“Scoob!” Is A Surprisingly Weird Scooby Doo Adventure


For over half a century, Scooby Doo and his friends have been a staple of cartoons, as well as, for a time, in live action adventures on the big screen. Now, the talking dog and pals are back in Scoob!, which is part origin story, part adventure tale (no pun intended). How does the animated canine function in CGI? Well, pretty good, actually. This is a fun, sometimes strange, and even emotionally satisfying movie. What could have been stale and recycled never comes off as such. The film just offers up some good family friendly fun. Especially these days, and at this specific moment, what more can you ask for?

The film is a new Scooby Doo adventure, while also functioning as an origin story for the Mystery Inc. group that children of all ages have adored. As a boy, Norville “Shaggy” Rogers (voice of Will Forte) is a lonely kid, spending time on the beach in Venice by himself. At the same time, stray puppy Scooby (voice of Frank Welker) is on the boardwalk, evading the authorities after stealing some food. They meet and it’s an instant friendship. Their bond grows over time, and leads them to meeting Fred Jones (voice of Pierce Gagnon), Daphne Blake (voice of Mckenna Grace), and Velma Dinkley (voice of Ariana Greenblatt) on Halloween. They have their first mystery adventure, starting a lifelong passion. As adults, Shaggy (voice of Will Forte, Scooby, Fred (voice of Zac Efron), Daphne (voice of Amanda Seyfried), and Velma (voice of Gina Rodriguez) are about to have their wildest adventure yet. This one involves the Blue Falcon (voice of Mark Wahlberg), Dee Dee Skyes (voice of Kiersey Clemons), and Dynomutt (voice of Ken Jeong) assisting them, in the hopes of foiling the evil Dick Dastardly (voice of Jason Isaacs). Antics ensue. Tony Cervone directs a script by Jack Donaldson, Derek Elliott, Matt Lieberman, Eyal Podell, Jonathon E. Stewart, and Adam Sztykiel. Junkie XL provides the score. Supporting voices here include Simon Cowell, John DiMaggio, Ira Glass, Christina Hendricks, Tracy Morgan, Billy West, Henry Winkler, and more.

Cleary made for kids, the flick won’t test the patients of parents, and that’s a real benefit. Sure, some parts are more designed for younger viewers than others, but it largely appeals to young and old alike. The voice work is solid, with Will Forte and Ken Jeong especially faring really well. Mark Wahlberg is a strange choice that alternates between fun and somewhat silly, while how you feel about Zac Efron’s take on Fred will largely depend on your thoughts on the character in general. Scooby Doo fans will be satisfied, but fidelity to the source material is not a prime concern for the filmmakers here.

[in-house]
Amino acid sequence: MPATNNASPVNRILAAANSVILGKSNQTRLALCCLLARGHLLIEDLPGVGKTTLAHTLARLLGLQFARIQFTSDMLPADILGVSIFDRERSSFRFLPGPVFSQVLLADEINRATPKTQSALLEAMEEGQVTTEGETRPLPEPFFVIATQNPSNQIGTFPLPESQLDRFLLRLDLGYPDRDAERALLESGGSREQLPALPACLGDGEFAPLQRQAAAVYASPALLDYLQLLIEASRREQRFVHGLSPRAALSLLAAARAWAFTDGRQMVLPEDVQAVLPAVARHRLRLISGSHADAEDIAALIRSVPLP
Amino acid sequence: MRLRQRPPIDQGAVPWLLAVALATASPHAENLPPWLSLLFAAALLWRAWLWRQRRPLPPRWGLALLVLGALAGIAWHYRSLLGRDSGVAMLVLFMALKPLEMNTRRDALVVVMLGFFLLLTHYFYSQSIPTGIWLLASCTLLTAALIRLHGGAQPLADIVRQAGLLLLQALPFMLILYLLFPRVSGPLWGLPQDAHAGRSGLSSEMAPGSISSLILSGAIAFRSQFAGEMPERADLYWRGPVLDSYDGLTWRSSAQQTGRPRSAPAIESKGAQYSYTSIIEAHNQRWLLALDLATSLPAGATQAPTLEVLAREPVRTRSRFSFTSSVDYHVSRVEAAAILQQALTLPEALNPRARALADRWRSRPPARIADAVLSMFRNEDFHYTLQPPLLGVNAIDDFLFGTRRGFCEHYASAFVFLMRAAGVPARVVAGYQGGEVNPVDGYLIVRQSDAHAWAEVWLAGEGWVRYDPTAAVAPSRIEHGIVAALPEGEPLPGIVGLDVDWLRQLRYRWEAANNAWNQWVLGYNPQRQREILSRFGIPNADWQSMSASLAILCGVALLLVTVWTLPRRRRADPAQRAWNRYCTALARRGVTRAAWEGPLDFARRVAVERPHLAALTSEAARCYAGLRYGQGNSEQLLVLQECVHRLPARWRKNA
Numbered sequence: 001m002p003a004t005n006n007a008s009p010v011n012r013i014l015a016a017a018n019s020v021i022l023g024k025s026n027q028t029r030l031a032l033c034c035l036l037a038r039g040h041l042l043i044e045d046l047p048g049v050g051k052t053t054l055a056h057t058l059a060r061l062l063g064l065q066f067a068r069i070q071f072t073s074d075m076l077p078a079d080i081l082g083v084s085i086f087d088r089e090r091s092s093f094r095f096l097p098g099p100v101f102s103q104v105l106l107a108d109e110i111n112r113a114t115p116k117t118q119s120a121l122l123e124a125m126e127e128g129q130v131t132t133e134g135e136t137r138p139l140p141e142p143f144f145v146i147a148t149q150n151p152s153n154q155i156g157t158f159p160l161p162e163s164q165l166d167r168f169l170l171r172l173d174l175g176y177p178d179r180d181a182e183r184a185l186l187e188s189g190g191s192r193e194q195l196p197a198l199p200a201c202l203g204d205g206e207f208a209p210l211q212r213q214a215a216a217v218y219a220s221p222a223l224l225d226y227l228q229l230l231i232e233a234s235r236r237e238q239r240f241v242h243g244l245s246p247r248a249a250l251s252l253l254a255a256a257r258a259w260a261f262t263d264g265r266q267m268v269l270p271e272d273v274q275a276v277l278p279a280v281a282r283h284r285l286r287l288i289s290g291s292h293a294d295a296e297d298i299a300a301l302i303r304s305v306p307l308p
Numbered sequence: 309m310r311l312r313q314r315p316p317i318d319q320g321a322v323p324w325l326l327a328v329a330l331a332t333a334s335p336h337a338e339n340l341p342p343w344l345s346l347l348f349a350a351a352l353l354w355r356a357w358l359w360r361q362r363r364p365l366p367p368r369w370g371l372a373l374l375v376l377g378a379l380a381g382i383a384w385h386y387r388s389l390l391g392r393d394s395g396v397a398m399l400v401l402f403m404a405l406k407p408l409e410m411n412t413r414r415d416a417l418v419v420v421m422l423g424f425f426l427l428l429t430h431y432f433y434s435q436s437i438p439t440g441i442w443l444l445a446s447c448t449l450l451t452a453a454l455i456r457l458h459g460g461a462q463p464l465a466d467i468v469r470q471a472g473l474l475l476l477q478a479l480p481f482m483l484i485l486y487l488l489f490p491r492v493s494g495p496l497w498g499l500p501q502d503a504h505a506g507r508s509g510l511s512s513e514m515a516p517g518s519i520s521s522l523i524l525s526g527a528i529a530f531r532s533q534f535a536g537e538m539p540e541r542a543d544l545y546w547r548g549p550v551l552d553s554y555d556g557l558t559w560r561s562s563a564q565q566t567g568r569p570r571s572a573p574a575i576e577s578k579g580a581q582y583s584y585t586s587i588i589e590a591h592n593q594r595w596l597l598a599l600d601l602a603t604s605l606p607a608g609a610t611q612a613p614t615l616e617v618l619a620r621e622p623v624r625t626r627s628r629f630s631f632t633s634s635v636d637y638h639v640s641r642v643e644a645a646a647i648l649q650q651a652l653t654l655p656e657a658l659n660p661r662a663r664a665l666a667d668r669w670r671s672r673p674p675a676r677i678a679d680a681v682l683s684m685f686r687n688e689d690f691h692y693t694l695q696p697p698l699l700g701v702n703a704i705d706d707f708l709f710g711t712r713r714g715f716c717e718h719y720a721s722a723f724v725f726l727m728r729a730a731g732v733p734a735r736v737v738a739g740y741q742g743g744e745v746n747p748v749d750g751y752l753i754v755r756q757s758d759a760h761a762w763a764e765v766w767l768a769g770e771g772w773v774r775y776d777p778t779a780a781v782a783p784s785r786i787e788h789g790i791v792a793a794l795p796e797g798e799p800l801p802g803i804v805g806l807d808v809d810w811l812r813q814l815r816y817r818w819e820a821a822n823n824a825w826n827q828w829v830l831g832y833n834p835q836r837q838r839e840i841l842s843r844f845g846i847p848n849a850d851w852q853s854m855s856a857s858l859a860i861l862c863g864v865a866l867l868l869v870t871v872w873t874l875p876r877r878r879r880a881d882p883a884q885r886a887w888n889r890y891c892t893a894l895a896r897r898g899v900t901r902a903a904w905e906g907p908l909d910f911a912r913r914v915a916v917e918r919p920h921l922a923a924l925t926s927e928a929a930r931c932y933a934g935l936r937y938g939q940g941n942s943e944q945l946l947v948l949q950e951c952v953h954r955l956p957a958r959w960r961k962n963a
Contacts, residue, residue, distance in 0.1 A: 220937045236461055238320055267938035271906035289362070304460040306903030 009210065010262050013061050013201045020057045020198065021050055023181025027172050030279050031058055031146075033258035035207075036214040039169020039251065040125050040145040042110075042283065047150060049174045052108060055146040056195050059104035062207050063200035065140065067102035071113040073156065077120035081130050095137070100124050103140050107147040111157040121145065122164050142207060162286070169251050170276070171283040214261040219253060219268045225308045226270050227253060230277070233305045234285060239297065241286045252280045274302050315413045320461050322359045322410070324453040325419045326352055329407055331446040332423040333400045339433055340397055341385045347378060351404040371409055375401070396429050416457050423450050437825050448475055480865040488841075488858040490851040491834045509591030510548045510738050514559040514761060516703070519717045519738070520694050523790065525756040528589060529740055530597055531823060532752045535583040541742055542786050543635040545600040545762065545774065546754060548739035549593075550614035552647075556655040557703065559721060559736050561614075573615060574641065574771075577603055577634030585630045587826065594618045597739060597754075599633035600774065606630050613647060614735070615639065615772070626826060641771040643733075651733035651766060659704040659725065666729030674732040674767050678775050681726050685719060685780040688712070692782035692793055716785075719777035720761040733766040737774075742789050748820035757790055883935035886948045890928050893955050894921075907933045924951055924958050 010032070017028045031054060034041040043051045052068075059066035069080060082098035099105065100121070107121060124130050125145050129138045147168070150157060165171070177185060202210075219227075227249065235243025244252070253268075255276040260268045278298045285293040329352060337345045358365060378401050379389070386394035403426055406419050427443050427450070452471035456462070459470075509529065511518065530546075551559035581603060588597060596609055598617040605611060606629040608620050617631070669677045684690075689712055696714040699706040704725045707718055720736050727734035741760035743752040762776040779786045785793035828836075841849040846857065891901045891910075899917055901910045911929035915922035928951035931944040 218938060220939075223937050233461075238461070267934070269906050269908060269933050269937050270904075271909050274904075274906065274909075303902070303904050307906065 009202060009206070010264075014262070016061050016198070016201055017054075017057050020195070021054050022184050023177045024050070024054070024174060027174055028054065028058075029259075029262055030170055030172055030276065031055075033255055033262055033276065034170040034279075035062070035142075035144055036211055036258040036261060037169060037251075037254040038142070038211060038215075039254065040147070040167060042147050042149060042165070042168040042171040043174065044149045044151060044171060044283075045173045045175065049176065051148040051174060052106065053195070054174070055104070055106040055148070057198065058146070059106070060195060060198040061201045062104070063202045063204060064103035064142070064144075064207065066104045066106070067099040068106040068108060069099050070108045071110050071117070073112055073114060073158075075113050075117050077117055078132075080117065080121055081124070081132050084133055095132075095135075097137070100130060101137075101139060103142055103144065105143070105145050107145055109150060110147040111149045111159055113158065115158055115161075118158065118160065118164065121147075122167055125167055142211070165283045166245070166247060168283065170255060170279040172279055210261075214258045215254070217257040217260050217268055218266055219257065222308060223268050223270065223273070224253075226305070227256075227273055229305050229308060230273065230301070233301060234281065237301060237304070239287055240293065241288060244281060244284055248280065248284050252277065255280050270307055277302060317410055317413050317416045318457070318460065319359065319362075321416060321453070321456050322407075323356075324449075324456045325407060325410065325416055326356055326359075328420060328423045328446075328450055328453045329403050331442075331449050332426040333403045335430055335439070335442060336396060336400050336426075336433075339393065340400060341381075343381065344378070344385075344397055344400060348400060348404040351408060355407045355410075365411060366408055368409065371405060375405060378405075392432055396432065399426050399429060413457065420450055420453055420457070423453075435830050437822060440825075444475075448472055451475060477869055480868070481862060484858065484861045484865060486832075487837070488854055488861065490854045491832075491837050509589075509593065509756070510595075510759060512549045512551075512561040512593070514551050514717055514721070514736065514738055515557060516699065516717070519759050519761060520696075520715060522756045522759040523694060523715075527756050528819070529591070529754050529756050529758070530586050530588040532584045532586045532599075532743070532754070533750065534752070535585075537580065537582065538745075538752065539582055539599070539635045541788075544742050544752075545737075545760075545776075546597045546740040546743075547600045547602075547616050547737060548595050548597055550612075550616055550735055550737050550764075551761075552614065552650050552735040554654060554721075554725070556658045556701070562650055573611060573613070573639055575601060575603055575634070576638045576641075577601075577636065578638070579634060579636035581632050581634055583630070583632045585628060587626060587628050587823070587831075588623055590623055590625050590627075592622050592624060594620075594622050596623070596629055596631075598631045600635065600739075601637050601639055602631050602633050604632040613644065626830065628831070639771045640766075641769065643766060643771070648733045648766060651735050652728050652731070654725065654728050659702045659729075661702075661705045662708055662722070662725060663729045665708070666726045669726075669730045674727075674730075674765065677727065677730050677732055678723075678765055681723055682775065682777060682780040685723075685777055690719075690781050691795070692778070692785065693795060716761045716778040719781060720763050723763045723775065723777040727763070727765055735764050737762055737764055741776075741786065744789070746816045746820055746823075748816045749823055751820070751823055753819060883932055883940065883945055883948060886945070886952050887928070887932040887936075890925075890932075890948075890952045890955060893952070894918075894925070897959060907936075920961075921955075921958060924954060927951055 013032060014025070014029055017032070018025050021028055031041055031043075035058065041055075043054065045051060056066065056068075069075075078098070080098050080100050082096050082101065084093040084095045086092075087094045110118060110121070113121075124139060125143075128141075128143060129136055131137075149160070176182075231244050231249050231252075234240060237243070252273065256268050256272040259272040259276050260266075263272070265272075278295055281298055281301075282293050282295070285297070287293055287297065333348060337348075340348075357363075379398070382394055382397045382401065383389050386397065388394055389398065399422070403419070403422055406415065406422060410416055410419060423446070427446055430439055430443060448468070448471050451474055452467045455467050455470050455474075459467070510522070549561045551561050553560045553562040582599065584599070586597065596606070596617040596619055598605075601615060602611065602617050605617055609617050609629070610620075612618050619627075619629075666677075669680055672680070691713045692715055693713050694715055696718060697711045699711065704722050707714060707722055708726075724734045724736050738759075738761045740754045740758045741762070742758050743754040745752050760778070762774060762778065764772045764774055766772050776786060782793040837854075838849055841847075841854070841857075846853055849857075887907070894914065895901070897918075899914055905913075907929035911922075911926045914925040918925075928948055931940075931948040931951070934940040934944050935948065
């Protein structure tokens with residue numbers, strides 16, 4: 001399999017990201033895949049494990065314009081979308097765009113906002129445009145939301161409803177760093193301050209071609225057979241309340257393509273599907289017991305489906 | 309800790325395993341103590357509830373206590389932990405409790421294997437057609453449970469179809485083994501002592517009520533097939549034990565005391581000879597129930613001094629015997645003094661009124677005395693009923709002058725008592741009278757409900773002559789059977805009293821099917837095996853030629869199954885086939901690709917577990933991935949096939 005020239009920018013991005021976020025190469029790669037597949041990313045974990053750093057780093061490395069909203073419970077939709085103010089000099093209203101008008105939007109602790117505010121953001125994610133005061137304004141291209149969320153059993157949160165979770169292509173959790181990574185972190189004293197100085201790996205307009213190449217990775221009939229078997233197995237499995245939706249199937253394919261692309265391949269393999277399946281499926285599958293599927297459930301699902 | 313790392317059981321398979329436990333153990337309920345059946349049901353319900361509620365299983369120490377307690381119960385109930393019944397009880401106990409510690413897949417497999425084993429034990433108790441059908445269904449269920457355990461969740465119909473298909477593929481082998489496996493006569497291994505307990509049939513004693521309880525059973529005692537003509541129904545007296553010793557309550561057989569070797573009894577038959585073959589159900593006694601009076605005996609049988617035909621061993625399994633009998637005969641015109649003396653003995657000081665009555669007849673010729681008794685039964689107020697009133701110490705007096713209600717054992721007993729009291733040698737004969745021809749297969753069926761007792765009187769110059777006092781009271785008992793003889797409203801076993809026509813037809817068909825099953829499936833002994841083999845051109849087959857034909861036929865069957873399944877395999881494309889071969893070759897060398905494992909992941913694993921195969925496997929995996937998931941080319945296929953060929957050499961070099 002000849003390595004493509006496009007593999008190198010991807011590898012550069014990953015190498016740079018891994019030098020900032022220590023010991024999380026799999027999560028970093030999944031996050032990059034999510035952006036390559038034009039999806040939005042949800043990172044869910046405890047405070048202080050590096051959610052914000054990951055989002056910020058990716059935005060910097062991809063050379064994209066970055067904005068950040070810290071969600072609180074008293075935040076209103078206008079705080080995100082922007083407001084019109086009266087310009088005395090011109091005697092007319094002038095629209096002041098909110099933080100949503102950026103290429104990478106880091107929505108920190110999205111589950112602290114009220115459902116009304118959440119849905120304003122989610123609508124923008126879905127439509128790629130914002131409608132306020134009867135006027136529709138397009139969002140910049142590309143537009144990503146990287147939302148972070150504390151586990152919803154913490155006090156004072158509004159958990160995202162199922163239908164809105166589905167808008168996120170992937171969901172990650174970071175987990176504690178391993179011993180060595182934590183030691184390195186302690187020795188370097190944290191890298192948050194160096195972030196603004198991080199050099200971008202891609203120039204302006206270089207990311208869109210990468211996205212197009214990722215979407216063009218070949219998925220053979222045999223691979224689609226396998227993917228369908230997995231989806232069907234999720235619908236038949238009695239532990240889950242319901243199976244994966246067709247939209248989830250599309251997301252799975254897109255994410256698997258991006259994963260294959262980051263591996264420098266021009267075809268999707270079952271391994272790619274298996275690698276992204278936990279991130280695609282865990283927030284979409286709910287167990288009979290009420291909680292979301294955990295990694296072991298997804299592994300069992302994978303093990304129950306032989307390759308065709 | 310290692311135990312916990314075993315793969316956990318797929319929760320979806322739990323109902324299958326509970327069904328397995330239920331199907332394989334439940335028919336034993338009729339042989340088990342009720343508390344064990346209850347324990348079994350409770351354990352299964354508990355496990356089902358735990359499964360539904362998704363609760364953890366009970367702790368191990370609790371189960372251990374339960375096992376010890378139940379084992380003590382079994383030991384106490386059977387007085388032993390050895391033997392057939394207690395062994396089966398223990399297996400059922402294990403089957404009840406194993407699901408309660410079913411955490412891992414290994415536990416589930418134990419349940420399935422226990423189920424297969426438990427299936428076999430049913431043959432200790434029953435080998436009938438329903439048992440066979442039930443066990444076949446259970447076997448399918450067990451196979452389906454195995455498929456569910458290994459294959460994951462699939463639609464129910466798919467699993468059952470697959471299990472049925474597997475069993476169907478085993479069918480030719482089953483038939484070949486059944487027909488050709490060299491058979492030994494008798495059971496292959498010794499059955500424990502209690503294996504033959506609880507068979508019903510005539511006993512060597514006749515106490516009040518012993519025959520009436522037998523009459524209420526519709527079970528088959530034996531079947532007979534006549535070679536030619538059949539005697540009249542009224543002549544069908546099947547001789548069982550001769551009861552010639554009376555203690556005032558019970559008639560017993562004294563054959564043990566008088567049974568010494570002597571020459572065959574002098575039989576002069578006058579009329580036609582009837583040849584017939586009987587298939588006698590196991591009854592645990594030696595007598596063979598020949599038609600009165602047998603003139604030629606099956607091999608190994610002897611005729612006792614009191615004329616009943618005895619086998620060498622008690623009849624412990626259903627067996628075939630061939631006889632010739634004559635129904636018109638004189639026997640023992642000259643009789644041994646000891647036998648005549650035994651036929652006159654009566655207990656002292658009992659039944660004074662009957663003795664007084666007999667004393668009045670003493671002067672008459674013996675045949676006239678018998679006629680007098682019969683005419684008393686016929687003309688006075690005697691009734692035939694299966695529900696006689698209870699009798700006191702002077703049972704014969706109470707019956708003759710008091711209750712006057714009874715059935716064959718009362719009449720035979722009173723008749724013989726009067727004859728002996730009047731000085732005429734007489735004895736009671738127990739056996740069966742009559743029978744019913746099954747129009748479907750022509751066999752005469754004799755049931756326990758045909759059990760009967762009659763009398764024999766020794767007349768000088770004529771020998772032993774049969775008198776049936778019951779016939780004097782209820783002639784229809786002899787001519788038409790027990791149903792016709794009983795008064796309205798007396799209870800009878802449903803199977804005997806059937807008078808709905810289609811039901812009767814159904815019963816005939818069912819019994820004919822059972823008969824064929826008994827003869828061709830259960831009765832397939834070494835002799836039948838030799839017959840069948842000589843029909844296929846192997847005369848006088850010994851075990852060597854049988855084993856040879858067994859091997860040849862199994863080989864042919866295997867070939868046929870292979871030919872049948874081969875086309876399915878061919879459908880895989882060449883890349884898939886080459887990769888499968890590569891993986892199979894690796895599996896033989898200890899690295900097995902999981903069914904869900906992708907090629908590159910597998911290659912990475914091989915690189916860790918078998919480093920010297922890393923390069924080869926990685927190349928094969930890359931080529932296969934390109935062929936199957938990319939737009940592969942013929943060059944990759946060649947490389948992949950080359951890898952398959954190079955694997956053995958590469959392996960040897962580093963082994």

Scoob! has more weird moments than you might expect. It’s also rather touching during its beginning and end. The opening sequence detailing the first meeting of Shaggy and Scooby is easily the best scene, heartwarming and surprisingly emotional. The end, which I won’t spoil, also involves a different canine and human companion, and while that’s more played for laughs, it also hits on an emotional resonance that’s not quite Pixar level, but still is solidly handled for a kids flick. These sorts of touches paper over the rougher moments and somewhat monotonous action set pieces, becoming the true core of what makes these characters work.

Now available to watch on Digital, Scoob! is a movie that families should definitely give a shot to. It’s a fun new take on Scooby Doo, one that honors elements of the original source material, while also being something very different as well. It’s an imperfect flick, one that’s unabashedly silly, but the earnest emotions shine through. If you’re looking for a new film to share with your kids, or if you’re just eager to see some new release animation, this is a rock solid option.


Be sure to check out Scoob!, available right now in your home!

(Photos courtesy of Warner Bros Pictures)

About Joey Magidson

A graduate of Stony Brook University (where he studied Cinema and Cultural Studies), resides in Brooklyn, New York. He contributes to several other film-related websites and is a member of the Broadcast Film Critics Association.

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